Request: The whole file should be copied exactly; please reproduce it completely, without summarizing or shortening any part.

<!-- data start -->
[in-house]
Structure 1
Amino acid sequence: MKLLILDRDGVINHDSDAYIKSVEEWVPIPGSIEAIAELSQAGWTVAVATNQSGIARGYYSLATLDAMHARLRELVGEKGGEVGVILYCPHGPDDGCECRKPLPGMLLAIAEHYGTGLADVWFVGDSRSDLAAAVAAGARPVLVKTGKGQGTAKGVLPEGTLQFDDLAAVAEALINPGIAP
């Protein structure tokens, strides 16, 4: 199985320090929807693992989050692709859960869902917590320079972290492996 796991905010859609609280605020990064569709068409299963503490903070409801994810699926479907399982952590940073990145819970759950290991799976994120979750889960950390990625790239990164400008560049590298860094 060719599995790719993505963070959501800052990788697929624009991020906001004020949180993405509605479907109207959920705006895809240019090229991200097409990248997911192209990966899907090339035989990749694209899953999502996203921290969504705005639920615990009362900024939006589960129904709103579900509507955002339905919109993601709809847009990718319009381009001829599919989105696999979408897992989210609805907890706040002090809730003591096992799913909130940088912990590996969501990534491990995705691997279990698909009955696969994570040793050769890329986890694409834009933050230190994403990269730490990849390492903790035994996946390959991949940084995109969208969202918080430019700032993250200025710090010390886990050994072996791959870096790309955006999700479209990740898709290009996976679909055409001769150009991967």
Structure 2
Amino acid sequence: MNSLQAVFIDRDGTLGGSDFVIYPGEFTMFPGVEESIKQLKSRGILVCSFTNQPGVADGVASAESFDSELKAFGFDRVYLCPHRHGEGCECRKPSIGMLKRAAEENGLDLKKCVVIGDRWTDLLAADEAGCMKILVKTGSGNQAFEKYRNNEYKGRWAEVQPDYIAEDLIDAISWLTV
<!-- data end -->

[in-house]
Structure 1
Amino acid sequence: MKLLILDRDGVINHDSDAYIKSVEEWVPIPGSIEAIAELSQAGWTVAVATNQSGIARGYYSLATLDAMHARLRELVGEKGGEVGVILYCPHGPDDGCECRKPLPGMLLAIAEHYGTGLADVWFVGDSRSDLAAAVAAGARPVLVKTGKGQGTAKGVLPEGTLQFDDLAAVAEALINPGIAP
């Protein structure tokens, strides 16, 4: 199985320090929807693992989050692709859960869902917590320079972290492996 796991905010859609609280605020990064569709068409299963503490903070409801994810699926479907399982952590940073990145819970759950290991799976994120979750889960950390990625790239990164400008560049590298860094 060719599995790719993505963070959501800052990788697929624009991020906001004020949180993405509605479907109207959920705006895809240019090229991200097409990248997911192209990966899907090339035989990749694209899953999502996203921290969504705005639920615990009362900024939006589960129904709103579900509507955002339905919109993601709809847009990718319009381009001829599919989105696999979408897992989210609805907890706040002090809730003591096992799913909130940088912990590996969501990534491990995705691997279990698909009955696969994570040793050769890329986890694409834009933050230190994403990269730490990849390492903790035994996946390959991949940084995109969208969202918080430019700032993250200025710090010390886990050994072996791959870096790309955006999700479209990740898709290009996976679909055409001769150009991967």
Structure 2
Amino acid sequence: MNSLQAVFIDRDGTLGGSDFVIYPGEFTMFPGVEESIKQLKSRGILVCSFTNQPGVADGVASAESFDSELKAFGFDRVYLCPHRHGEGCECRKPSIGMLKRAAEENGLDLKKCVVIGDRWTDLLAADEAGCMKILVKTGSGNQAFEKYRNNEYKGRWAEVQPDYIAEDLIDAISWLTV